“With the change in leadership, it’s time for big bold ideas that we haven’t been able to completely move forward,” said Daveda Colbert, superintendent of the Wayne County Regional Service Agency.
Here are some things that could happen:
School funding formula could change
The school aid budget is likely to grow and the formula for funding schools could change in Whitmer’s second term.
Advocates want more state funding for students who are more expensive to educate, such as those with disabilities or who are English language learners.
“We have to find ways to fix Michigan’s funding system to make sure schools have the resources they need to meet actual costs,” McCann said. “That’s a big lift, but it’s something that has to get fixed.”
Detroit Public Schools Community District superintendent Nikolai Vitti is hopeful.
It’s important “to ensure sustained and recurring funding equity through a weighted student formula to fully fund special education,” he told Chalkbeat and Bridge in an email message Wednesday.
Detroit could get literacy settlement payments
Two and a half years ago, Whitmer reached a $94.4 million settlement with Detroit families who said Michigan failed to provide their children with a basic education. She promised only to attempt to get the money from the Legislature every year for as long as she was governor.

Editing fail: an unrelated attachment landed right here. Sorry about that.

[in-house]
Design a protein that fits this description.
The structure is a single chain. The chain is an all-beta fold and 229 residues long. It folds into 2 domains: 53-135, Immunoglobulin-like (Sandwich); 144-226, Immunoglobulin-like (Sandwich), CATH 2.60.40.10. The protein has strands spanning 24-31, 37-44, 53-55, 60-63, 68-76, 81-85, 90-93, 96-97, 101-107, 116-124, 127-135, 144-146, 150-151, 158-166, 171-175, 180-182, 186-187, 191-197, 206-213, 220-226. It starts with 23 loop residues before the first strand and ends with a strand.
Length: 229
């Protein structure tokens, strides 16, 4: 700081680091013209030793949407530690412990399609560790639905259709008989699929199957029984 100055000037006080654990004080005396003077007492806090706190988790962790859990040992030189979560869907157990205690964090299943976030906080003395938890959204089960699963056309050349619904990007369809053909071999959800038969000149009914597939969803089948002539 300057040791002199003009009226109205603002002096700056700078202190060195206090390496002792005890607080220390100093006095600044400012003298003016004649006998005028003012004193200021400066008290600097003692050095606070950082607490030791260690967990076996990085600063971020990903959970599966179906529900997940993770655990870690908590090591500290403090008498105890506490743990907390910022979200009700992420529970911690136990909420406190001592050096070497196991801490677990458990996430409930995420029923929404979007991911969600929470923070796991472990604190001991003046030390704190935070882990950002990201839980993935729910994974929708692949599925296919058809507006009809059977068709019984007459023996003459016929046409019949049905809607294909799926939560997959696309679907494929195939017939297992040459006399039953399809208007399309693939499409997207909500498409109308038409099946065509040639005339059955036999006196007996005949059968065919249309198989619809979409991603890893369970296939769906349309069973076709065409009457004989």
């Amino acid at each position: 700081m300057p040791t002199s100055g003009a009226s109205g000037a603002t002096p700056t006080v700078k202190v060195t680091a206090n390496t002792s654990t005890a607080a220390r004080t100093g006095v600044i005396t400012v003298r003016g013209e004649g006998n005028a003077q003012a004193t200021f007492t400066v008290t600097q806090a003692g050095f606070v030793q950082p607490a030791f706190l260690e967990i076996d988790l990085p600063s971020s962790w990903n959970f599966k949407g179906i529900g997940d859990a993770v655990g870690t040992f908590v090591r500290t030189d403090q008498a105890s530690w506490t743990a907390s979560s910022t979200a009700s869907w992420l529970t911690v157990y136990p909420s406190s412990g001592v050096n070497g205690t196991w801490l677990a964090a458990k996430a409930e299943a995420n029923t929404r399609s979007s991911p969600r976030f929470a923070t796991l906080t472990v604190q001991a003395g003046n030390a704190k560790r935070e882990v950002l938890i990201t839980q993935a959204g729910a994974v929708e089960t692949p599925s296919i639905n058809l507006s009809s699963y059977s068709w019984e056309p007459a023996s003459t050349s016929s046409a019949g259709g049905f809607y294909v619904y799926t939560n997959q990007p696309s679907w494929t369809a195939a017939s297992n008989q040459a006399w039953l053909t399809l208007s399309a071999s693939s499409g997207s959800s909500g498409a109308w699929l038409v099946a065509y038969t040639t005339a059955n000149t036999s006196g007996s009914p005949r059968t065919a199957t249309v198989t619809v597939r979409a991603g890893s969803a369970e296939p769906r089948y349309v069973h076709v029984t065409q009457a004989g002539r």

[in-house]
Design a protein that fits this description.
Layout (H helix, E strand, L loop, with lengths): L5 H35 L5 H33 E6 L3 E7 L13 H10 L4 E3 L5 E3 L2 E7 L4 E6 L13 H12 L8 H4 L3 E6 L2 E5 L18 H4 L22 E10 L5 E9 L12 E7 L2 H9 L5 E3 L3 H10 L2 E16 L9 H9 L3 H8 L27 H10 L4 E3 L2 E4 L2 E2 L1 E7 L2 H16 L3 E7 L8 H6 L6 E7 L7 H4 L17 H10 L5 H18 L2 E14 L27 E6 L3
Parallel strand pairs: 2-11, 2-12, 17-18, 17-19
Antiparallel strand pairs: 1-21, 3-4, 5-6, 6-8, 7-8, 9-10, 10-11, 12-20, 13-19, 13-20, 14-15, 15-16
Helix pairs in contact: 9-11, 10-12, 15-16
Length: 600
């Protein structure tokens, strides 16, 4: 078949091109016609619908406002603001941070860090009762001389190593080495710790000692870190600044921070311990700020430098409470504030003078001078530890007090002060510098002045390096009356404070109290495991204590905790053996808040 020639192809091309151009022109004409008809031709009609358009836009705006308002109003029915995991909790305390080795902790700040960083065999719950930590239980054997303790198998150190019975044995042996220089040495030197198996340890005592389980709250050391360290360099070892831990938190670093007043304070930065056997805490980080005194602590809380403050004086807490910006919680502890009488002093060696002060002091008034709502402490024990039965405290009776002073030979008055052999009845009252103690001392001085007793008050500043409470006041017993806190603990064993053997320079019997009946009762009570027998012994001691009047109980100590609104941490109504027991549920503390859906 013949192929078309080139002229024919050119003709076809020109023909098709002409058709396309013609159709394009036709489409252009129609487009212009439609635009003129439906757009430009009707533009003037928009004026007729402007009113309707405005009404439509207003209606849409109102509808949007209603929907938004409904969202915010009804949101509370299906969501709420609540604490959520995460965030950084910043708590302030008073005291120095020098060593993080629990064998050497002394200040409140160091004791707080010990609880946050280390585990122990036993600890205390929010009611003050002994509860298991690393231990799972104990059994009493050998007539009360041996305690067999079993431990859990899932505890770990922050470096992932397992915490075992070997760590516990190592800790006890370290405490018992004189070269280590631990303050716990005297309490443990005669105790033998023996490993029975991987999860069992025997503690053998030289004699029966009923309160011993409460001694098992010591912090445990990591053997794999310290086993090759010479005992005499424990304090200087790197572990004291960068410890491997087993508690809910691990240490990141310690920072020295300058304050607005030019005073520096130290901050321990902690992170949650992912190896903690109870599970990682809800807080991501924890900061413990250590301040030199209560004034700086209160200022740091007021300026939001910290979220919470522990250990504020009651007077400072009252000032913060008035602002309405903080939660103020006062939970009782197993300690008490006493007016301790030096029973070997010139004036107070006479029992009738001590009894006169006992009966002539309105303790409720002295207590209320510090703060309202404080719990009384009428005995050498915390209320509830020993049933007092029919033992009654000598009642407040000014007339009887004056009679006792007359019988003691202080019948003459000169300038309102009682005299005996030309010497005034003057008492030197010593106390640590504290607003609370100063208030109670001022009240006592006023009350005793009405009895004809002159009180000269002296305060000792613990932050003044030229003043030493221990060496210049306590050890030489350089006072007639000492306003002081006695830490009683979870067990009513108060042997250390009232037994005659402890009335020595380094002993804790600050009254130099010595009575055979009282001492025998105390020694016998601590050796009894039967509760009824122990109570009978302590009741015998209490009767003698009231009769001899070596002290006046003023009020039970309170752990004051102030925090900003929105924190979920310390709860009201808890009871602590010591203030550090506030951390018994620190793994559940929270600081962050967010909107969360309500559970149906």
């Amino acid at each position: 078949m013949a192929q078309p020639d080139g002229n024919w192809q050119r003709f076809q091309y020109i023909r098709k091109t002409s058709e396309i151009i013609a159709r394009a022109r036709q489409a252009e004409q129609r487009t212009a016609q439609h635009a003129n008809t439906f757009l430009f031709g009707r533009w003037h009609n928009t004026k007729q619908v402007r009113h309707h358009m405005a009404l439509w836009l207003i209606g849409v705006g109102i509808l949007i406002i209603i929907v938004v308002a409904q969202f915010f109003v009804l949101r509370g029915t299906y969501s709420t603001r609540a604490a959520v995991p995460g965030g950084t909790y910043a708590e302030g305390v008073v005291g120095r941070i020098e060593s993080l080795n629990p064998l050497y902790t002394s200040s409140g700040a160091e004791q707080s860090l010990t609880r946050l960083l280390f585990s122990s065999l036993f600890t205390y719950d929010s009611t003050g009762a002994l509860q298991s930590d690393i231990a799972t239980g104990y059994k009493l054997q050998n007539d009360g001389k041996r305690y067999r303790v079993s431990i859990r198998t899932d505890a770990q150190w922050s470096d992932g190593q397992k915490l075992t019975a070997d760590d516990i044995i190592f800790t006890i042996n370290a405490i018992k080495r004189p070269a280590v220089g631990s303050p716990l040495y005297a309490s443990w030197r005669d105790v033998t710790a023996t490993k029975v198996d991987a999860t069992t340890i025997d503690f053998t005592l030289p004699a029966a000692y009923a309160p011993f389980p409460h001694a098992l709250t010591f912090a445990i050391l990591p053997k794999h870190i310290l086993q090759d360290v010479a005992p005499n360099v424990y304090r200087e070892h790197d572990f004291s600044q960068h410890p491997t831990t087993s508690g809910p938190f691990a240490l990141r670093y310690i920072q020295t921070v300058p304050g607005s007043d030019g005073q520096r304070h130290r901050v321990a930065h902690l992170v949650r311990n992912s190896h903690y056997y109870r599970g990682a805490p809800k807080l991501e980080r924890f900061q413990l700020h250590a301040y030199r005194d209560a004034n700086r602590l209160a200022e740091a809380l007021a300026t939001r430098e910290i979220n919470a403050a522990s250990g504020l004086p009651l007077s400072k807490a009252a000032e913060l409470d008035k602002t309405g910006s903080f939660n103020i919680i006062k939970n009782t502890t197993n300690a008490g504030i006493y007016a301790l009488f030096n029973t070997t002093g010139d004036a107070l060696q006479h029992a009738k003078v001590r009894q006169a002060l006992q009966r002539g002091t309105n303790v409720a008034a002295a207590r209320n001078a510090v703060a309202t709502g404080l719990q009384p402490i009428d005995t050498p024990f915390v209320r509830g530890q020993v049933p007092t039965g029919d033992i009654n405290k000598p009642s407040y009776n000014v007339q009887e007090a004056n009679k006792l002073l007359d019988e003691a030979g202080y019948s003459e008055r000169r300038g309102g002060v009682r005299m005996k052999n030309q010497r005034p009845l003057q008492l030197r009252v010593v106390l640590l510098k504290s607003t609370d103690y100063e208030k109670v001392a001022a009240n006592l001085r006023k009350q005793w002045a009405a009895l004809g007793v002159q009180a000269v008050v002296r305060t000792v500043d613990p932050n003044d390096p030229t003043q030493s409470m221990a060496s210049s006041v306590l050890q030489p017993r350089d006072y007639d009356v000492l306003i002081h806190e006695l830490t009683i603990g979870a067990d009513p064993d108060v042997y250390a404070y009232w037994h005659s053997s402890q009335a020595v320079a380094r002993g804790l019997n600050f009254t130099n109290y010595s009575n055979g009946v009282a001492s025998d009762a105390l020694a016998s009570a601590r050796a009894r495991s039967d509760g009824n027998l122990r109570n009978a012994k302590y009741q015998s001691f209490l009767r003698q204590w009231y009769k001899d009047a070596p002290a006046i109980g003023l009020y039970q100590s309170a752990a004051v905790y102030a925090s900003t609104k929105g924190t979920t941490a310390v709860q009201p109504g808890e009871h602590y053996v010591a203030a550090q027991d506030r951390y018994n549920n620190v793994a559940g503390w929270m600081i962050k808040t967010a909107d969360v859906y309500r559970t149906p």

She included the line item in three budget proposals but it never survived budget negotiations.
It could be different with a Democratic legislature.
DPSCD Superintendent Vitti hopes so.
The money is owed to the district “to address the tragedy of emergency management,” he said in an email. The literacy deficits occurred when Detroit schools were being operated by state-appointed emergency managers.
Early childhood program may see expansion
Early childhood education has been a bipartisan priority, but Republicans haven’t been able to see eye-to-eye with Whitmer on how much to spend on it or how it should be delivered.
Whitmer slowly expanded the program during her first term and said in an interview last month that she would work to do more if reelected.